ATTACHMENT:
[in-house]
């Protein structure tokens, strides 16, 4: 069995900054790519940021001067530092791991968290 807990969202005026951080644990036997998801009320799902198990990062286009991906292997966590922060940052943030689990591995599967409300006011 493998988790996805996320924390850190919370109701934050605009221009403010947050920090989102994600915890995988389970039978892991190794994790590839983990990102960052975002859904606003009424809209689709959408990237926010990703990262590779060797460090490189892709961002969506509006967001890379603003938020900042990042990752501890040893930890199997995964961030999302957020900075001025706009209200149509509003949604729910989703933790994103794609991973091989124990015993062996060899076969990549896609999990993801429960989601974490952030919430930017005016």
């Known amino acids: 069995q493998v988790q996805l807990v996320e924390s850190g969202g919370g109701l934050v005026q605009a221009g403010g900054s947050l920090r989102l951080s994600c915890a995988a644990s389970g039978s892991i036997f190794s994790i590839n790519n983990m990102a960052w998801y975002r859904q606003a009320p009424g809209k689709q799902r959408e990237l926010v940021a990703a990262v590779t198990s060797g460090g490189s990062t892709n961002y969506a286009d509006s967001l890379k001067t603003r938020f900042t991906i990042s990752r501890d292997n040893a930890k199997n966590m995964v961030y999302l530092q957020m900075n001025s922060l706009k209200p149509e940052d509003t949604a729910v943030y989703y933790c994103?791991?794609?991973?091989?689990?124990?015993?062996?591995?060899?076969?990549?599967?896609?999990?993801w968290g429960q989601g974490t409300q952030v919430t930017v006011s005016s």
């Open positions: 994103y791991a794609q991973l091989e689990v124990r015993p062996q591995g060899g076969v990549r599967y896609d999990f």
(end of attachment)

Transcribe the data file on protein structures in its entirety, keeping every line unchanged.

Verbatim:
[in-house]
């Protein structure tokens, strides 16, 4: 069995900054790519940021001067530092791991968290 807990969202005026951080644990036997998801009320799902198990990062286009991906292997966590922060940052943030689990591995599967409300006011 493998988790996805996320924390850190919370109701934050605009221009403010947050920090989102994600915890995988389970039978892991190794994790590839983990990102960052975002859904606003009424809209689709959408990237926010990703990262590779060797460090490189892709961002969506509006967001890379603003938020900042990042990752501890040893930890199997995964961030999302957020900075001025706009209200149509509003949604729910989703933790994103794609991973091989124990015993062996060899076969990549896609999990993801429960989601974490952030919430930017005016």
């Known amino acids: 069995q493998v988790q996805l807990v996320e924390s850190g969202g919370g109701l934050v005026q605009a221009g403010g900054s947050l920090r989102l951080s994600c915890a995988a644990s389970g039978s892991i036997f190794s994790i590839n790519n983990m990102a960052w998801y975002r859904q606003a009320p009424g809209k689709q799902r959408e990237l926010v940021a990703a990262v590779t198990s060797g460090g490189s990062t892709n961002y969506a286009d509006s967001l890379k001067t603003r938020f900042t991906i990042s990752r501890d292997n040893a930890k199997n966590m995964v961030y999302l530092q957020m900075n001025s922060l706009k209200p149509e940052d509003t949604a729910v943030y989703y933790c994103?791991?794609?991973?091989?689990?124990?015993?062996?591995?060899?076969?990549?599967?896609?999990?993801w968290g429960q989601g974490t409300q952030v919430t930017v006011s005016s």
């Open positions: 994103y791991a794609q991973l091989e689990v124990r015993p062996q591995g060899g076969v990549r599967y896609d999990f």